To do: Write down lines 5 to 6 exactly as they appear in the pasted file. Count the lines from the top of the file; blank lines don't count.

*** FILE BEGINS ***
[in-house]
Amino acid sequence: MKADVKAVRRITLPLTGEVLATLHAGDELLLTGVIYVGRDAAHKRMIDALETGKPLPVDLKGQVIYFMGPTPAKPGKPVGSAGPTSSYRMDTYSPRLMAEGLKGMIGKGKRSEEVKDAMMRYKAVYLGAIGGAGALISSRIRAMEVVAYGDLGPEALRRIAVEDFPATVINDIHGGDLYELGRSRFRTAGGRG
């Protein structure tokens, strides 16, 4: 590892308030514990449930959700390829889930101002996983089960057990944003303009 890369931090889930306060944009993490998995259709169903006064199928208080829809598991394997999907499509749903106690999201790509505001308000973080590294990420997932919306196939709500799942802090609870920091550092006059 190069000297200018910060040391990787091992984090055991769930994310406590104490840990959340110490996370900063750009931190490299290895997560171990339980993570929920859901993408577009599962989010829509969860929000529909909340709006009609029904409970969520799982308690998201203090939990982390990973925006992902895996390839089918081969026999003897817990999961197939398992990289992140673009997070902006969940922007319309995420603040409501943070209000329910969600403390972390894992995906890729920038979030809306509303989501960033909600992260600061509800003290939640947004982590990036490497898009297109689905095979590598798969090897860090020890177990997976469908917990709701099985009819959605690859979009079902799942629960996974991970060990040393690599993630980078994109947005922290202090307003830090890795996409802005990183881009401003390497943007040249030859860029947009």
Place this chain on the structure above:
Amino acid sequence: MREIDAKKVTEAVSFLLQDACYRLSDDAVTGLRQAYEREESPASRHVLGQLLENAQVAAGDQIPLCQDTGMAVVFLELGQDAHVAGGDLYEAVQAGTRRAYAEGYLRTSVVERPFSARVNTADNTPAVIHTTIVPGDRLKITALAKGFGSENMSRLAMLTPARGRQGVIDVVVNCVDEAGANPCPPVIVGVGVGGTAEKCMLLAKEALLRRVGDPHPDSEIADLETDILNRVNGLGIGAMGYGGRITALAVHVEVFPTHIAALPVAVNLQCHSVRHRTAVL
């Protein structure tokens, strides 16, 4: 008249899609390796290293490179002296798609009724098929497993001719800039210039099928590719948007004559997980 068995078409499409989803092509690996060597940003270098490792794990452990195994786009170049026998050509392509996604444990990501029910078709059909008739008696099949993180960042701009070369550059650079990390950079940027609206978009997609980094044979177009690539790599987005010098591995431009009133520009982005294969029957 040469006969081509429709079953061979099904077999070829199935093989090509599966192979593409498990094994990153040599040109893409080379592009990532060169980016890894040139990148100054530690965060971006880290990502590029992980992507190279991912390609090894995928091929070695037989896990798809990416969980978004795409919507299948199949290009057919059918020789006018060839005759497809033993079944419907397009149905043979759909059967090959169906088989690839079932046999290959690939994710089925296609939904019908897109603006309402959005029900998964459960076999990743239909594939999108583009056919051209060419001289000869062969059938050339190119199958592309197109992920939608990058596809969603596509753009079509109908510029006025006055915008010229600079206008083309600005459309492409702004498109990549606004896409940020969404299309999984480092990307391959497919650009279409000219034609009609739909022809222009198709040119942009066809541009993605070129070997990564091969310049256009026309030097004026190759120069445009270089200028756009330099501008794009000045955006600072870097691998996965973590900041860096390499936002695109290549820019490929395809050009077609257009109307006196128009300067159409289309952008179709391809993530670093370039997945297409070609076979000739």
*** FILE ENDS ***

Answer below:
Amino acid sequence: MREIDAKKVTEAVSFLLQDACYRLSDDAVTGLRQAYEREESPASRHVLGQLLENAQVAAGDQIPLCQDTGMAVVFLELGQDAHVAGGDLYEAVQAGTRRAYAEGYLRTSVVERPFSARVNTADNTPAVIHTTIVPGDRLKITALAKGFGSENMSRLAMLTPARGRQGVIDVVVNCVDEAGANPCPPVIVGVGVGGTAEKCMLLAKEALLRRVGDPHPDSEIADLETDILNRVNGLGIGAMGYGGRITALAVHVEVFPTHIAALPVAVNLQCHSVRHRTAVL
């Protein structure tokens, strides 16, 4: 008249899609390796290293490179002296798609009724098929497993001719800039210039099928590719948007004559997980 068995078409499409989803092509690996060597940003270098490792794990452990195994786009170049026998050509392509996604444990990501029910078709059909008739008696099949993180960042701009070369550059650079990390950079940027609206978009997609980094044979177009690539790599987005010098591995431009009133520009982005294969029957 040469006969081509429709079953061979099904077999070829199935093989090509599966192979593409498990094994990153040599040109893409080379592009990532060169980016890894040139990148100054530690965060971006880290990502590029992980992507190279991912390609090894995928091929070695037989896990798809990416969980978004795409919507299948199949290009057919059918020789006018060839005759497809033993079944419907397009149905043979759909059967090959169906088989690839079932046999290959690939994710089925296609939904019908897109603006309402959005029900998964459960076999990743239909594939999108583009056919051209060419001289000869062969059938050339190119199958592309197109992920939608990058596809969603596509753009079509109908510029006025006055915008010229600079206008083309600005459309492409702004498109990549606004896409940020969404299309999984480092990307391959497919650009279409000219034609009609739909022809222009198709040119942009066809541009993605070129070997990564091969310049256009026309030097004026190759120069445009270089200028756009330099501008794009000045955006600072870097691998996965973590900041860096390499936002695109290549820019490929395809050009077609257009109307006196128009300067159409289309952008179709391809993530670093370039997945297409070609076979000739």